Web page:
Effective Schools: Teacher Hiring, Assignment, Development, and Retention
The literature on effective schools emphasizes the importance of a quality teaching force in improving educational outcomes for students. In this paper, we use value-added methods to examine the relationship between a school's effectiveness and the recruitment, assignment, development and retention of its teachers. We ask whether effective schools systematically recruit more effective teachers; whether they assign teachers to students more effectively; whether they do a better job of helping their teachers improve; whether they retain more effective teachers; or whether they do a combination of these processes. Our results reveal four key findings. First, we find that more effective schools are able to attract and hire more effective teachers from other schools when vacancies arise. Second, we find that more effective schools assign novice teachers to students in a more equitable fashion. Third, we find that teachers who work in schools that were more effective at raising achievement in a prior period improve more rapidly in a subsequent period than do those in less effective schools. Finally, we find that more effective schools are better able to retain higher-quality teachers, though they are not differentially able to remove ineffective teachers. The results point to the importance of personnel, and perhaps, school personnel practices, for improving student outcomes.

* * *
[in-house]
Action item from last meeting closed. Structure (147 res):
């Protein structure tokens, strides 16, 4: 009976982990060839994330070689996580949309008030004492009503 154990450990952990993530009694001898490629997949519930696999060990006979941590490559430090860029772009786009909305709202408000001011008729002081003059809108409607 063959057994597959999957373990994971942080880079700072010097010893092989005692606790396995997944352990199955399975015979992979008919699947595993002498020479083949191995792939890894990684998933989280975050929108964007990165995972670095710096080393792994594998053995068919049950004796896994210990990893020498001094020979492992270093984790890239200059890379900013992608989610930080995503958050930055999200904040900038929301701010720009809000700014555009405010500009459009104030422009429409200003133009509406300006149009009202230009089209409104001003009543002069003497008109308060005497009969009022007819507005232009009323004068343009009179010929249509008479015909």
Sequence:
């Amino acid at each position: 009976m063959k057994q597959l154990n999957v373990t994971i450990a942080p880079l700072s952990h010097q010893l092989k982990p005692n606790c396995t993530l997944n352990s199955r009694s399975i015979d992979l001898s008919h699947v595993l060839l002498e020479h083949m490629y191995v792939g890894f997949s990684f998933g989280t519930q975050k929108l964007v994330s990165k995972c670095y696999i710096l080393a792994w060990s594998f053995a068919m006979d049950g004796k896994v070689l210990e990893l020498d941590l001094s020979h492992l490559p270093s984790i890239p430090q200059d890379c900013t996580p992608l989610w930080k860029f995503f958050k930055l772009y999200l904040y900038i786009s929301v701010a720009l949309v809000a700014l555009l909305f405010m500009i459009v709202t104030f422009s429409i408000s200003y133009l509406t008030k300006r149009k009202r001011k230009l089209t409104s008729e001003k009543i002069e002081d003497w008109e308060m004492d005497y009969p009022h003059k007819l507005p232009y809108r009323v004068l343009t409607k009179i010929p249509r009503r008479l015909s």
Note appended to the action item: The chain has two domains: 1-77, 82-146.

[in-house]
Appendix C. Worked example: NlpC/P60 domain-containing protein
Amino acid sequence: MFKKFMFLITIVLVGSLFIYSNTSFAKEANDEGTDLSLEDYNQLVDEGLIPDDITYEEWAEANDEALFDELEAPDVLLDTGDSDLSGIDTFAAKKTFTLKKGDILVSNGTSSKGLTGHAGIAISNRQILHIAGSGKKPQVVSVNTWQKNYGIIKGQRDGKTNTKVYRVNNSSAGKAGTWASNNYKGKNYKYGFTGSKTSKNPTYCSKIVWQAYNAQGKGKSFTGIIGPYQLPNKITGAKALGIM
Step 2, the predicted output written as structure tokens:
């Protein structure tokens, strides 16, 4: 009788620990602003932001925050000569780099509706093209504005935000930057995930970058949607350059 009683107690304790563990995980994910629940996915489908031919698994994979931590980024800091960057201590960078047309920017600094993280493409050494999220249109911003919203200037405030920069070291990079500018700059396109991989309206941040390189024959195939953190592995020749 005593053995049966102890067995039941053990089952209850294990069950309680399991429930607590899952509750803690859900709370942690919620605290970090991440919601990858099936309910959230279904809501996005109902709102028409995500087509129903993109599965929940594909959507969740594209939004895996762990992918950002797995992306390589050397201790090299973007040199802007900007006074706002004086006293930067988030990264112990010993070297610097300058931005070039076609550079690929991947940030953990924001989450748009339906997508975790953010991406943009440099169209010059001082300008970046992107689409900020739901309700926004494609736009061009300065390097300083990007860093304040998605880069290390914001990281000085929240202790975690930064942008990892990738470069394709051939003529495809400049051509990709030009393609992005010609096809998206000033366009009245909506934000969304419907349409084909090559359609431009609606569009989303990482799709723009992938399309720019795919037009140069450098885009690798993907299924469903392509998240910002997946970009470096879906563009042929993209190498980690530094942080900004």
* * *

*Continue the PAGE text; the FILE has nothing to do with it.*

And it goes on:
This research was supported by grants from the Hewlett Foundation and the Spencer Foundation. The views expressed herein are those of the authors and do not necessarily reflect the views of the National Bureau of Economic Research.